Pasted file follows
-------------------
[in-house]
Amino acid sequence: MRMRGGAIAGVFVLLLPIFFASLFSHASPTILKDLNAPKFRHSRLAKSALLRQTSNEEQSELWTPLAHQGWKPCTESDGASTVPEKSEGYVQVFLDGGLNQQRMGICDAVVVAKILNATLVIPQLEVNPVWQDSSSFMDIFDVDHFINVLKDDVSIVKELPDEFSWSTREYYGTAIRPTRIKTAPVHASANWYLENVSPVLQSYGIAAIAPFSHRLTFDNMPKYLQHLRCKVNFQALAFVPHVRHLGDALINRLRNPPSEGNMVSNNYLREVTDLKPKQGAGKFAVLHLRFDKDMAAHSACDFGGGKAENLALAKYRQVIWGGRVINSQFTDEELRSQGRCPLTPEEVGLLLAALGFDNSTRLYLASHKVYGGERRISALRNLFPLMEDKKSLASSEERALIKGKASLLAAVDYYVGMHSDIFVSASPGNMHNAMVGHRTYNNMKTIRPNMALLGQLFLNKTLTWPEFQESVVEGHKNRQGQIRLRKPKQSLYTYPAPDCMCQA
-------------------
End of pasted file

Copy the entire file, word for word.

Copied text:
[in-house]
Amino acid sequence: MRMRGGAIAGVFVLLLPIFFASLFSHASPTILKDLNAPKFRHSRLAKSALLRQTSNEEQSELWTPLAHQGWKPCTESDGASTVPEKSEGYVQVFLDGGLNQQRMGICDAVVVAKILNATLVIPQLEVNPVWQDSSSFMDIFDVDHFINVLKDDVSIVKELPDEFSWSTREYYGTAIRPTRIKTAPVHASANWYLENVSPVLQSYGIAAIAPFSHRLTFDNMPKYLQHLRCKVNFQALAFVPHVRHLGDALINRLRNPPSEGNMVSNNYLREVTDLKPKQGAGKFAVLHLRFDKDMAAHSACDFGGGKAENLALAKYRQVIWGGRVINSQFTDEELRSQGRCPLTPEEVGLLLAALGFDNSTRLYLASHKVYGGERRISALRNLFPLMEDKKSLASSEERALIKGKASLLAAVDYYVGMHSDIFVSASPGNMHNAMVGHRTYNNMKTIRPNMALLGQLFLNKTLTWPEFQESVVEGHKNRQGQIRLRKPKQSLYTYPAPDCMCQA